Victory at Villers-Bretonneux
Why a French town will never forget the ANZACS
By Peter Fitzsimons
Published by William Heinemann
RRP $ 49.99 in hard cover ISBN 9781742759524
After four brutal years, the fate of the Great War hangs in the balance. With the Bolsheviks in power in Russia, German attentions could be transferred to the Western Front. But with America about to enter the war, the Germans realise that their only hope is striking at the Allied lines first.
On the morning of 21 March 1918, the Kaiserschlacht, the Kaiser’s battle, is launched.
Across a 45-mile front, no fewer than two million German soldiers hurl themselves at the Allied lines, with the intention of splitting the British and French forces, and driving all the way through to the town of Villers-Bretonneux.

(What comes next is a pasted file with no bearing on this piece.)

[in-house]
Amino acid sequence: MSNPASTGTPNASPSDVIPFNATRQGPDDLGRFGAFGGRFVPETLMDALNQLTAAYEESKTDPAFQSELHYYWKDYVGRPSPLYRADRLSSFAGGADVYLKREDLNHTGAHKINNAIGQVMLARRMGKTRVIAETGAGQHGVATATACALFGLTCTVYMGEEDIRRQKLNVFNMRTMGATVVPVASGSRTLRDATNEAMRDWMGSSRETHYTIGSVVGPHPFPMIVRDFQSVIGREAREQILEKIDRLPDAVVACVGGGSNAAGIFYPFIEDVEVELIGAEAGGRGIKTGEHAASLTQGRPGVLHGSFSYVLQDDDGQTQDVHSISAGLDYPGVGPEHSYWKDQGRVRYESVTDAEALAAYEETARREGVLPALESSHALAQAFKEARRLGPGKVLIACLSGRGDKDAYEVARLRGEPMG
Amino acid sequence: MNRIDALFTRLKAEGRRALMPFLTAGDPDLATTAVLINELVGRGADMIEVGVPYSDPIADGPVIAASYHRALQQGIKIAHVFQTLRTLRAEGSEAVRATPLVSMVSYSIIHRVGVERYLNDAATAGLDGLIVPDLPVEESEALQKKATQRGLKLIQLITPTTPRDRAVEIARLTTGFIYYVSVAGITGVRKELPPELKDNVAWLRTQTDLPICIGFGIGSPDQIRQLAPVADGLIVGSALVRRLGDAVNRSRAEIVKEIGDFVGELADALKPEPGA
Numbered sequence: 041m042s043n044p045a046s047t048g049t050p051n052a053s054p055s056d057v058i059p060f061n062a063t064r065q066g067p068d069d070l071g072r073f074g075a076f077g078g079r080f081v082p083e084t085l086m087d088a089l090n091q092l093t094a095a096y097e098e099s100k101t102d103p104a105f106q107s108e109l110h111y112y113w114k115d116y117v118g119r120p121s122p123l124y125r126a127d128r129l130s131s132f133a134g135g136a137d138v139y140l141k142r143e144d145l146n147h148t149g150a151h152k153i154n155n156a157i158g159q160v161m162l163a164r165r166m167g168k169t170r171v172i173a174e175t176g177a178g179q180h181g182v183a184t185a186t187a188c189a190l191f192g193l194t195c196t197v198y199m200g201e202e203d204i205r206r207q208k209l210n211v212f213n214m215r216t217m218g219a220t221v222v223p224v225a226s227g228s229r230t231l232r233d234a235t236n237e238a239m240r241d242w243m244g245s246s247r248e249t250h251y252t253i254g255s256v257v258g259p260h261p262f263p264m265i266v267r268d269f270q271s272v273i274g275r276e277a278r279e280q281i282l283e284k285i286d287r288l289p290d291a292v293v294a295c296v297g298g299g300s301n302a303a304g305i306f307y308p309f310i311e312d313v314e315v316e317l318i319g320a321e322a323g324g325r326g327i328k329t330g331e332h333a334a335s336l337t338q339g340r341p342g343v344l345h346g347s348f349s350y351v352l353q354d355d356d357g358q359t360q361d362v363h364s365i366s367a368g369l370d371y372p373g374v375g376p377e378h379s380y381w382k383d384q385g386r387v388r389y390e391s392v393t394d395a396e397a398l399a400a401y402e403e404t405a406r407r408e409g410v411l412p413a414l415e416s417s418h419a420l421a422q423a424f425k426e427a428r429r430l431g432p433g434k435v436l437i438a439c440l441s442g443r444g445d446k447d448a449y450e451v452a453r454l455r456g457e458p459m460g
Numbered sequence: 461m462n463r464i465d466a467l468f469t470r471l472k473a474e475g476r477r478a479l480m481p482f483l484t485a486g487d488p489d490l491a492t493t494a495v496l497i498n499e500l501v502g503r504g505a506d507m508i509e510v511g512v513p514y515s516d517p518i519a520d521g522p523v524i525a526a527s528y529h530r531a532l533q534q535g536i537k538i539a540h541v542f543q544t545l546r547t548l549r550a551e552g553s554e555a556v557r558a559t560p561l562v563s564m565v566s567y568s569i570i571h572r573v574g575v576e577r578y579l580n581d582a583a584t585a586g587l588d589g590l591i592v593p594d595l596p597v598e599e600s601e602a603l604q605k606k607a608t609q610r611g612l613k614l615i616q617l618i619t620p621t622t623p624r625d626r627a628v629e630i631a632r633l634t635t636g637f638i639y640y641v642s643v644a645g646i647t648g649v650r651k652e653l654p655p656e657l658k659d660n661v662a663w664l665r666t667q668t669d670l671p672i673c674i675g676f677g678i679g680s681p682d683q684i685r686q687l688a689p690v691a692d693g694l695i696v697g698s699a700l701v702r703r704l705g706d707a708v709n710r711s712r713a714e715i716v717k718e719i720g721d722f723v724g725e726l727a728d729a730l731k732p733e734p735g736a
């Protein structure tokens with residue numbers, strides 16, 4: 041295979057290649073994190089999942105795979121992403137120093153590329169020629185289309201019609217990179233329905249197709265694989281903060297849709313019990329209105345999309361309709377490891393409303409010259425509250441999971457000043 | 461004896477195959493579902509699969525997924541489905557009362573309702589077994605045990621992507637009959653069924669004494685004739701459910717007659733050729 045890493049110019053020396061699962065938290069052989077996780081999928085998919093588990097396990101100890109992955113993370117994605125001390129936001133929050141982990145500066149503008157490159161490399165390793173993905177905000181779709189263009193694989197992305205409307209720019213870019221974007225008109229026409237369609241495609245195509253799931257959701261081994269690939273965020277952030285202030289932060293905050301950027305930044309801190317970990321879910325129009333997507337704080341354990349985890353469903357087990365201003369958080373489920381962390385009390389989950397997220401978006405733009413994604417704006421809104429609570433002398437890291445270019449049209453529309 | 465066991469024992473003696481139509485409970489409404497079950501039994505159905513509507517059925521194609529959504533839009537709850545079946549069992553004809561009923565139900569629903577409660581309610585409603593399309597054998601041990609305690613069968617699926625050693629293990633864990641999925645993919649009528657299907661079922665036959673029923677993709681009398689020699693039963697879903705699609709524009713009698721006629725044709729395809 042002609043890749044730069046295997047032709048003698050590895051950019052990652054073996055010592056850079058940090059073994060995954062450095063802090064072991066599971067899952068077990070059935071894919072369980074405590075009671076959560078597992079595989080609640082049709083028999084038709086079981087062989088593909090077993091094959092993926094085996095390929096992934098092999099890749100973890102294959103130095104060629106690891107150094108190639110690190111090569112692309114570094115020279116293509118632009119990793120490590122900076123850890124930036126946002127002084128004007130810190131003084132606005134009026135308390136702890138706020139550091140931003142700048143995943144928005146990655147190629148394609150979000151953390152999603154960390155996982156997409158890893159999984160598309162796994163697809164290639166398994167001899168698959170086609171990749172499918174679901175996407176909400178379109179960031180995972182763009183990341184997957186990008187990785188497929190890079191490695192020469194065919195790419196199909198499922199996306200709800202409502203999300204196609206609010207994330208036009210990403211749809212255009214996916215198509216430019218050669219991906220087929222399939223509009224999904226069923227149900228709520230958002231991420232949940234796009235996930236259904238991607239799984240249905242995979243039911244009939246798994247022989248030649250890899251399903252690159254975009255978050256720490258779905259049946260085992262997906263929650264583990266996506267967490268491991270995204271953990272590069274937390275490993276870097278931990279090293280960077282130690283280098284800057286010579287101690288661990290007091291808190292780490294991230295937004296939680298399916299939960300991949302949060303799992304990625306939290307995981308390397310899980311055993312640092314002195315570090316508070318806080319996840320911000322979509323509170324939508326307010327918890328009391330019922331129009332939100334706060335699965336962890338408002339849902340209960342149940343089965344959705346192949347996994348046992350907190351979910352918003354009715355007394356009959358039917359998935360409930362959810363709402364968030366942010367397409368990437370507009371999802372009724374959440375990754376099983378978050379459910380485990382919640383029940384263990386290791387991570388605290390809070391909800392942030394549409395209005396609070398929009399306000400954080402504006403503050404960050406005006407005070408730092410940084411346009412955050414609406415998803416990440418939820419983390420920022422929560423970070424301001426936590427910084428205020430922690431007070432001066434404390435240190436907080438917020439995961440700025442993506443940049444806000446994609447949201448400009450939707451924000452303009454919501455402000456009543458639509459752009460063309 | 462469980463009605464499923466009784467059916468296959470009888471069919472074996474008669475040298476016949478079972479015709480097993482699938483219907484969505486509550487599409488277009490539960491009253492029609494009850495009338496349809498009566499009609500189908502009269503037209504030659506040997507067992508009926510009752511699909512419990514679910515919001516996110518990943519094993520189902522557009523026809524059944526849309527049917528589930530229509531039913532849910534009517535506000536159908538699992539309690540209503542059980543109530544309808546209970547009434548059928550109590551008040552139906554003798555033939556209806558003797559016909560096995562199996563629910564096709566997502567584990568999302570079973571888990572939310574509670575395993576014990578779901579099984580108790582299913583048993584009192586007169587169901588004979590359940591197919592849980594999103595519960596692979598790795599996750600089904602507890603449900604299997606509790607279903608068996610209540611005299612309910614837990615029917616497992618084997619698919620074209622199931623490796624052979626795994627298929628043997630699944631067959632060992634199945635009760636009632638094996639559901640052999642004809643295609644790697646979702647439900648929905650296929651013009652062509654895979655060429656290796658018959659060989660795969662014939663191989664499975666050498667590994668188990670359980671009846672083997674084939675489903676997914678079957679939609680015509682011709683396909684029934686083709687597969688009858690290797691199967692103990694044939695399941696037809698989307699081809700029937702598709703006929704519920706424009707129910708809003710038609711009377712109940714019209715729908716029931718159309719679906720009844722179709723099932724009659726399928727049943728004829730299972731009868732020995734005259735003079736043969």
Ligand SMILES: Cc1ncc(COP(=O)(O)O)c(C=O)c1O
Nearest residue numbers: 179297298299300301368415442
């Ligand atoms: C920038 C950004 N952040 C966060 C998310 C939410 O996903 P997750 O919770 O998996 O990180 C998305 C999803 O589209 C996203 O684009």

For nigh on two weeks, the plan works brilliantly. The Germans are able to advance without check. In desperation, the British commander, General Douglas Haig, calls upon the Australian soldiers to stop the German advance and save Villers-Bretonneux. If the Australians can hold this, the very gate to Amiens, then the Germans will not win the war.
The Australians are indeed able to hold off the Germans, launching a vicious counterattack that forces the Germans back the first time.
Victory at Villers-Bretonneux is the final instalment of Peter Fitzsimons’ Great War trilogy. This book, like those before it, is a substantial yet easy read.